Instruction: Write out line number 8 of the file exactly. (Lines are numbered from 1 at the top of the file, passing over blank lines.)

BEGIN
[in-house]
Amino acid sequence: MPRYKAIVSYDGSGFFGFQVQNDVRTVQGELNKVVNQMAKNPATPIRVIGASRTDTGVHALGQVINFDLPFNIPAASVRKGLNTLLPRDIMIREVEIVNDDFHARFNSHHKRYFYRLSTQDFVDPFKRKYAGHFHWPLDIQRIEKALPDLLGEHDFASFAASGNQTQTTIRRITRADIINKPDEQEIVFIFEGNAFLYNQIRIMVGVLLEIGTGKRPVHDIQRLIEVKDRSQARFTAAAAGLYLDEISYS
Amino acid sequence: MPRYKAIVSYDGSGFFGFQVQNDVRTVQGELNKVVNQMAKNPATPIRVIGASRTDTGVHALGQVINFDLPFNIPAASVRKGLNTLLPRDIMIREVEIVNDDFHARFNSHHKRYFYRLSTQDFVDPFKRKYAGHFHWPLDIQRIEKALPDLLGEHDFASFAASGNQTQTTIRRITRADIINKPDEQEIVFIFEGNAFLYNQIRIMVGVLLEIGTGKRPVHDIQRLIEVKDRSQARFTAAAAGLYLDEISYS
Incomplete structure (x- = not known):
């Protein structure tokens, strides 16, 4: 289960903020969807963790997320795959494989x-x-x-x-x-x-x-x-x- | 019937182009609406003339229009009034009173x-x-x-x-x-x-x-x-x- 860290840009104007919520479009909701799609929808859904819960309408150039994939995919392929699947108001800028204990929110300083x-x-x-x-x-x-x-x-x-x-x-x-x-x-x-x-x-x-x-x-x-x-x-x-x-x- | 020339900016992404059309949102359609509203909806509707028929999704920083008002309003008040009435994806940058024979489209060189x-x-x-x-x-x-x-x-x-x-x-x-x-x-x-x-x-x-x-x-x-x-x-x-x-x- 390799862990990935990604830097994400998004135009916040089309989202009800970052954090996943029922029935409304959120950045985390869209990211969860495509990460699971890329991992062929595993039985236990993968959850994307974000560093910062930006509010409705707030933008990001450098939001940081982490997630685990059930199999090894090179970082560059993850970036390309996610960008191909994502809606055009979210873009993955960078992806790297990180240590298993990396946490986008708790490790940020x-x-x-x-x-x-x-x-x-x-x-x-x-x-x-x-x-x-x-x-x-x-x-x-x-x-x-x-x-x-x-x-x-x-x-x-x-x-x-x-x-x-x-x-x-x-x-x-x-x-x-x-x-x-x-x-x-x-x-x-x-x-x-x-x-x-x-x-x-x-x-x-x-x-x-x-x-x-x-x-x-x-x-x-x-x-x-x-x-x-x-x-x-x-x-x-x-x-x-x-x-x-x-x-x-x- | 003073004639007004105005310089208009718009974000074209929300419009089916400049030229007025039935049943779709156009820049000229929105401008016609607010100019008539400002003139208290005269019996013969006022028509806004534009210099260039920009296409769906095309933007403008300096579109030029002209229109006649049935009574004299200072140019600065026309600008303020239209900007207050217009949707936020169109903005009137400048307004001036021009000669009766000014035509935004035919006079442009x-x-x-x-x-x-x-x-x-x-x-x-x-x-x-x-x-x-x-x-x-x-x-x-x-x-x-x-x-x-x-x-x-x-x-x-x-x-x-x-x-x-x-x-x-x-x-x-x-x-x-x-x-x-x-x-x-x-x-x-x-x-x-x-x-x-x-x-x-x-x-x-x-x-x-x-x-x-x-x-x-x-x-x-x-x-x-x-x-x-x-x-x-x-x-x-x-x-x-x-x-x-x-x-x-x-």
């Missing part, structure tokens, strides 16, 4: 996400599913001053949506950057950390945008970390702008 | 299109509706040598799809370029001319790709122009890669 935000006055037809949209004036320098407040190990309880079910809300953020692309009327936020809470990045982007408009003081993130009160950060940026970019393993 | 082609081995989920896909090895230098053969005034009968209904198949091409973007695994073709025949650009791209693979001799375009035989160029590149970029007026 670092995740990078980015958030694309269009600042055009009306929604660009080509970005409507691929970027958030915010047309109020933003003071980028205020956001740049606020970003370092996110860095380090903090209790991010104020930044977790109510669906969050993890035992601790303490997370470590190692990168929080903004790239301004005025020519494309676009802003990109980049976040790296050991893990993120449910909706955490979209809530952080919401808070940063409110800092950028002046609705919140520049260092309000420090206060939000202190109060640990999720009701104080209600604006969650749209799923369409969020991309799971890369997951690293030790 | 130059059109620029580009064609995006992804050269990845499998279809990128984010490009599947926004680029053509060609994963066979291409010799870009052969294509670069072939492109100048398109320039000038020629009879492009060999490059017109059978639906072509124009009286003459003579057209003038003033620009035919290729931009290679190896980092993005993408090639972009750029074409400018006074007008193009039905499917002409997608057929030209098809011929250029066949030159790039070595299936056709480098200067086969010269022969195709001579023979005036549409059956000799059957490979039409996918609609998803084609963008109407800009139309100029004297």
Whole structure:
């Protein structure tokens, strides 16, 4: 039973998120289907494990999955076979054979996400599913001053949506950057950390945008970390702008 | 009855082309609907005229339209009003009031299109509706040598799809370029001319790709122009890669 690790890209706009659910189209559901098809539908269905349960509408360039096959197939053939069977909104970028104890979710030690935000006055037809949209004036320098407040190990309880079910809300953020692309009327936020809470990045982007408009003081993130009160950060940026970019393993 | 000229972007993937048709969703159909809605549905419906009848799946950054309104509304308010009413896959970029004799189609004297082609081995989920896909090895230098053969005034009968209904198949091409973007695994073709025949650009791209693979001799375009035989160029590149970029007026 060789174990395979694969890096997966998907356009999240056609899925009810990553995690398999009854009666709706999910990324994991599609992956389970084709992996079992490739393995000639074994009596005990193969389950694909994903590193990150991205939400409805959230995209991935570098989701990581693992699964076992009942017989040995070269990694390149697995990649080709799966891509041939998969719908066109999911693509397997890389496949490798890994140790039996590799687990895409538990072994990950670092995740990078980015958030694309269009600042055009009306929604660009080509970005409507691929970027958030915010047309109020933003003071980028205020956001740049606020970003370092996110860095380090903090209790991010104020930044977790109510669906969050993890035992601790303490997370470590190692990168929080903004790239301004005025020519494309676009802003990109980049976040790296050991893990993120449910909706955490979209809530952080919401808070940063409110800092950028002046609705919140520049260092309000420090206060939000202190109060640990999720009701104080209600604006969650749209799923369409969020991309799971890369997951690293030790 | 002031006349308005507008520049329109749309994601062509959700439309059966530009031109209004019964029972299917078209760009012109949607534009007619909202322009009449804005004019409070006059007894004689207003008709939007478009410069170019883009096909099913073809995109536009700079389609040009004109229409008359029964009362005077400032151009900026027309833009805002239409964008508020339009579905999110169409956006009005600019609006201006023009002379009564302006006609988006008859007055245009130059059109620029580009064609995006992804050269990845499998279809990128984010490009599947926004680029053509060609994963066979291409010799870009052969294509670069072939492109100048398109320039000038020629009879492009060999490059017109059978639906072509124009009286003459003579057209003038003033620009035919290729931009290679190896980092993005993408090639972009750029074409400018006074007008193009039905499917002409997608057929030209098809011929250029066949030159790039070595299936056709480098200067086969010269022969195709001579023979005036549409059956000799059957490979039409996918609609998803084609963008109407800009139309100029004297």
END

């Protein structure tokens, strides 16, 4: 039973998120289907494990999955076979054979996400599913001053949506950057950390945008970390702008 | 009855082309609907005229339209009003009031299109509706040598799809370029001319790709122009890669 690790890209706009659910189209559901098809539908269905349960509408360039096959197939053939069977909104970028104890979710030690935000006055037809949209004036320098407040190990309880079910809300953020692309009327936020809470990045982007408009003081993130009160950060940026970019393993 | 000229972007993937048709969703159909809605549905419906009848799946950054309104509304308010009413896959970029004799189609004297082609081995989920896909090895230098053969005034009968209904198949091409973007695994073709025949650009791209693979001799375009035989160029590149970029007026 060789174990395979694969890096997966998907356009999240056609899925009810990553995690398999009854009666709706999910990324994991599609992956389970084709992996079992490739393995000639074994009596005990193969389950694909994903590193990150991205939400409805959230995209991935570098989701990581693992699964076992009942017989040995070269990694390149697995990649080709799966891509041939998969719908066109999911693509397997890389496949490798890994140790039996590799687990895409538990072994990950670092995740990078980015958030694309269009600042055009009306929604660009080509970005409507691929970027958030915010047309109020933003003071980028205020956001740049606020970003370092996110860095380090903090209790991010104020930044977790109510669906969050993890035992601790303490997370470590190692990168929080903004790239301004005025020519494309676009802003990109980049976040790296050991893990993120449910909706955490979209809530952080919401808070940063409110800092950028002046609705919140520049260092309000420090206060939000202190109060640990999720009701104080209600604006969650749209799923369409969020991309799971890369997951690293030790 | 002031006349308005507008520049329109749309994601062509959700439309059966530009031109209004019964029972299917078209760009012109949607534009007619909202322009009449804005004019409070006059007894004689207003008709939007478009410069170019883009096909099913073809995109536009700079389609040009004109229409008359029964009362005077400032151009900026027309833009805002239409964008508020339009579905999110169409956006009005600019609006201006023009002379009564302006006609988006008859007055245009130059059109620029580009064609995006992804050269990845499998279809990128984010490009599947926004680029053509060609994963066979291409010799870009052969294509670069072939492109100048398109320039000038020629009879492009060999490059017109059978639906072509124009009286003459003579057209003038003033620009035919290729931009290679190896980092993005993408090639972009750029074409400018006074007008193009039905499917002409997608057929030209098809011929250029066949030159790039070595299936056709480098200067086969010269022969195709001579023979005036549409059956000799059957490979039409996918609609998803084609963008109407800009139309100029004297």